Review: Netflix explores what is ‘Next in Fashion’

Photo courtesy of Netflix

By Andie Chilson | Reporter

“Next in Fashion” premiered on Netflix Jan. 29, and the fashion world has been abuzz ever since.

Many are calling the design competition show the next “Project Runway,” and it’s clear why – like “Project Runway,” the winner of “Next in Fashion” stands to win a whopping $250,000 cash prize and a major leg-up in the fashion industry.

Hosts Alexa Chung and Tan France of “Queer Eye” present a new design challenge each week, and the contestants are tasked with designing an ensemble (or for some weeks, two ensembles) that demonstrate their unique take on the theme of the challenge. This proved to be particularly difficult for some designers that couldn’t break from their personal ‘brand’ enough to meet the challenge, which often resulted in their elimination.

Because fashion, like any art form, is inherently subjective, the show brought in a different judge from the industry each week to provide a range of sartorial perspectives, usually a big name in the industry like Eva Chen, Monique Lhuillier and Prabal Gurung.

The show also brought an incredibly diverse cast, with contestants hailing from countries like China, Pakistan and Scotland, as well as a number of designers from the U.S. With this diversity of culture and background came a diversity of stylistic influence that was evident in everything the designers created. Contestants drew inspiration from their personal styles as well as their unique backgrounds to create garments that were both on-trend and deeply personal.

The ensembles’ styles ranged from sleek, edgy streetwear like the designs of Ashton Hirota, to the whimsical, Moschino-esque dresses created by Minju Kim. The distinct stylistic approach of each designer was put to the test during the first five episodes of the season when the designers were paired up, some of them with a designer they had never worked with before.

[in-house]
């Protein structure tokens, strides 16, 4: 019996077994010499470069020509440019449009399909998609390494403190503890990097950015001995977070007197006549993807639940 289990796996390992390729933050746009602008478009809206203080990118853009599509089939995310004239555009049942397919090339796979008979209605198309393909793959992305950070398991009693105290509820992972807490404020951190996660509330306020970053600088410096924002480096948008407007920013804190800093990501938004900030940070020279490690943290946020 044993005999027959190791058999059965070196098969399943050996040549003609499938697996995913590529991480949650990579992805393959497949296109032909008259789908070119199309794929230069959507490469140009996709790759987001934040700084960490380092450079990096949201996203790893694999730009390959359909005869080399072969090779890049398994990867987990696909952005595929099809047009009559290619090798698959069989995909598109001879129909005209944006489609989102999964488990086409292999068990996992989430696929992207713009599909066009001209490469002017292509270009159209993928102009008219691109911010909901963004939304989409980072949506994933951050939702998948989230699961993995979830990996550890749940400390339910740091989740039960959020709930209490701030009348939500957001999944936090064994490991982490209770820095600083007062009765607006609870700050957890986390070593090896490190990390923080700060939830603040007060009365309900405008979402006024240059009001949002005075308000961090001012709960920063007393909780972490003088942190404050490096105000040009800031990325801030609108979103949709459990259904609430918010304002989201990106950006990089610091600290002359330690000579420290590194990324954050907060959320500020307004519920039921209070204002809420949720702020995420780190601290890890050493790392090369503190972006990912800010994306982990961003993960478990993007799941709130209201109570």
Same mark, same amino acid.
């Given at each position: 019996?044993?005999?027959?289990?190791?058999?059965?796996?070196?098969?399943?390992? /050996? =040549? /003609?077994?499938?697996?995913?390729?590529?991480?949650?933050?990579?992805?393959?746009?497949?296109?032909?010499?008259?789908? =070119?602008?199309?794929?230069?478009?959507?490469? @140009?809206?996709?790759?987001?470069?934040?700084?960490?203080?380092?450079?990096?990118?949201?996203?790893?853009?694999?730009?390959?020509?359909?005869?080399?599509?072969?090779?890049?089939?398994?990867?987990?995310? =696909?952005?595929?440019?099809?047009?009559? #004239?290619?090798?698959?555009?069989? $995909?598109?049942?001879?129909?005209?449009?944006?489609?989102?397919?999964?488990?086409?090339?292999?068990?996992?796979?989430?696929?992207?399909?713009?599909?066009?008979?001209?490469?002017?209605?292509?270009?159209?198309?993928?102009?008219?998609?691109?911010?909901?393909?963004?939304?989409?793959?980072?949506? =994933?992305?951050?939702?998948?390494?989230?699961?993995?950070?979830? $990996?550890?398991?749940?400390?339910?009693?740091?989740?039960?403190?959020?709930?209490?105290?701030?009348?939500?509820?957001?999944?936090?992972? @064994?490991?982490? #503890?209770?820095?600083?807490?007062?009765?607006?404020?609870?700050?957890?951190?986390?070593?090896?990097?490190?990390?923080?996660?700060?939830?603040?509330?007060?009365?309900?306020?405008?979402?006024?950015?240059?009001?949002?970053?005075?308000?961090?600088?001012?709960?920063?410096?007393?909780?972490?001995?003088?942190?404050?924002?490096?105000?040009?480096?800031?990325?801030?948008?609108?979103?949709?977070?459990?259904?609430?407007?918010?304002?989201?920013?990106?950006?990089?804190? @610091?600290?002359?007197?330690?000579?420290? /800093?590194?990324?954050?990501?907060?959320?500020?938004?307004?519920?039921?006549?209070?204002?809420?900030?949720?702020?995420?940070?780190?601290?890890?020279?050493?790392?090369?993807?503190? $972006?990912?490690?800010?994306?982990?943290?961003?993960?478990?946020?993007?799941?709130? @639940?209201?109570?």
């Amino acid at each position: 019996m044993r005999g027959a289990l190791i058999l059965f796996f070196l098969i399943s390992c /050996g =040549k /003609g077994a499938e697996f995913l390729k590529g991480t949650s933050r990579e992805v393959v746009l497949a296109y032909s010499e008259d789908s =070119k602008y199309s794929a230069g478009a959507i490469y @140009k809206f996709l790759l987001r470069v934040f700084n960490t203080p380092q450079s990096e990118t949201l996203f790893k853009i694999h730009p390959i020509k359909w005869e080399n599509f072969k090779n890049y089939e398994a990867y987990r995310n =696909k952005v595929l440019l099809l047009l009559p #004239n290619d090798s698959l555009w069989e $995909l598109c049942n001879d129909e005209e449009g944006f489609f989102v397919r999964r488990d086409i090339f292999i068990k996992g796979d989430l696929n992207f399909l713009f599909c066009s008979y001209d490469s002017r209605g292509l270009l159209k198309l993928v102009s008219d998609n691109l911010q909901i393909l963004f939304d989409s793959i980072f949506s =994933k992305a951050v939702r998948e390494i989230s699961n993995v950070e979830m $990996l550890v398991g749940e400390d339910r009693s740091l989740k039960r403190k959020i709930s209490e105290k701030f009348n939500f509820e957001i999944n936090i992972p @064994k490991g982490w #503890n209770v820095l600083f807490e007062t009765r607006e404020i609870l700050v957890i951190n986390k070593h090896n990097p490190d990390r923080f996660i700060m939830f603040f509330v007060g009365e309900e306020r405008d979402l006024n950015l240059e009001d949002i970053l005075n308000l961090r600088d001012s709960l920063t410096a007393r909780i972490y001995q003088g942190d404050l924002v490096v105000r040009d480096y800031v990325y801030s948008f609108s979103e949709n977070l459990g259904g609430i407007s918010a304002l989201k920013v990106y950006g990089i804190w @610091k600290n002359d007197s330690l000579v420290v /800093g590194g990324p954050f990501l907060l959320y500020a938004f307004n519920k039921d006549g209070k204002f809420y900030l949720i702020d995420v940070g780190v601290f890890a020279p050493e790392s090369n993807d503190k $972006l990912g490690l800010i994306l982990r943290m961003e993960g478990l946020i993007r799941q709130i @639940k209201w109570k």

More than anything, the pairing system was a way to force designers to meld their unique style with another designer’s equally distinct vision. Sometimes, as in the case of designers Angel Chen and Minju Kim, the result was a striking ensemble that seamlessly exhibited two unique artistic influences; in other cases, like the unfortunate pairing of Hayley Scanlan and Julian Woodhouse, the designers refused to meet each other halfway, and the resulting ensemble was an awkward combination of two very distinct styles that didn’t mesh.

Where “Next in Fashion” breaks from the similar design competition show “Project Runway” is its lack of interpersonal drama among the contestants. Unlike the designers of “Project Runway,” the “Next in Fashion” designers are incredibly supportive and encouraging of one another. This doesn’t detract from the show’s ability to captivate audiences, but rather puts the focus on the design process instead of petty squabbles among contestants.

The show does a brilliant job of illustrating what it takes to construct garments that are both visually stunning and wearable. The competition forces designers to prove that they can be artistic and free-thinking as well as practical in their designs.

Whether you’re a novice to the fashion industry or a seasoned trend-spotter, “Next in Fashion” has a little something for everyone.